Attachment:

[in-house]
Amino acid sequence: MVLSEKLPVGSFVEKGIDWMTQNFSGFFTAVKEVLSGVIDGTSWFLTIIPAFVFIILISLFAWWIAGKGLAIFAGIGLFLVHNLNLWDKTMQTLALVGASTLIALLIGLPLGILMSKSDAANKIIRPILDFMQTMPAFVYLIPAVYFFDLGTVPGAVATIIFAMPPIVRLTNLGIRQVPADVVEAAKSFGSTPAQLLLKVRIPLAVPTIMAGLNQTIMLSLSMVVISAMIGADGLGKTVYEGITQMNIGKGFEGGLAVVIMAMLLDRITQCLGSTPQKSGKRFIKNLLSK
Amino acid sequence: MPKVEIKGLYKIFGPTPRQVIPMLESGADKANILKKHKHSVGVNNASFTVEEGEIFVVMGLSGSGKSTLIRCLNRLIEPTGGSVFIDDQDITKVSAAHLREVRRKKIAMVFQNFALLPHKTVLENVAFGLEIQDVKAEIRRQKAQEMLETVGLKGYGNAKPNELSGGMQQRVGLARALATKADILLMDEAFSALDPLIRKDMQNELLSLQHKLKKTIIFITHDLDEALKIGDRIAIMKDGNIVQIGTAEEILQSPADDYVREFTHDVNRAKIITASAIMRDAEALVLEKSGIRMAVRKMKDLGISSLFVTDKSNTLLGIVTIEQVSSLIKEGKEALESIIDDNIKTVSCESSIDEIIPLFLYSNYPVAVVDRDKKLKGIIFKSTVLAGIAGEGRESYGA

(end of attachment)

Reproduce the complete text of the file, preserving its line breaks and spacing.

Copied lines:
[in-house]
Amino acid sequence: MVLSEKLPVGSFVEKGIDWMTQNFSGFFTAVKEVLSGVIDGTSWFLTIIPAFVFIILISLFAWWIAGKGLAIFAGIGLFLVHNLNLWDKTMQTLALVGASTLIALLIGLPLGILMSKSDAANKIIRPILDFMQTMPAFVYLIPAVYFFDLGTVPGAVATIIFAMPPIVRLTNLGIRQVPADVVEAAKSFGSTPAQLLLKVRIPLAVPTIMAGLNQTIMLSLSMVVISAMIGADGLGKTVYEGITQMNIGKGFEGGLAVVIMAMLLDRITQCLGSTPQKSGKRFIKNLLSK
Amino acid sequence: MPKVEIKGLYKIFGPTPRQVIPMLESGADKANILKKHKHSVGVNNASFTVEEGEIFVVMGLSGSGKSTLIRCLNRLIEPTGGSVFIDDQDITKVSAAHLREVRRKKIAMVFQNFALLPHKTVLENVAFGLEIQDVKAEIRRQKAQEMLETVGLKGYGNAKPNELSGGMQQRVGLARALATKADILLMDEAFSALDPLIRKDMQNELLSLQHKLKKTIIFITHDLDEALKIGDRIAIMKDGNIVQIGTAEEILQSPADDYVREFTHDVNRAKIITASAIMRDAEALVLEKSGIRMAVRKMKDLGISSLFVTDKSNTLLGIVTIEQVSSLIKEGKEALESIIDDNIKTVSCESSIDEIIPLFLYSNYPVAVVDRDKKLKGIIFKSTVLAGIAGEGRESYGA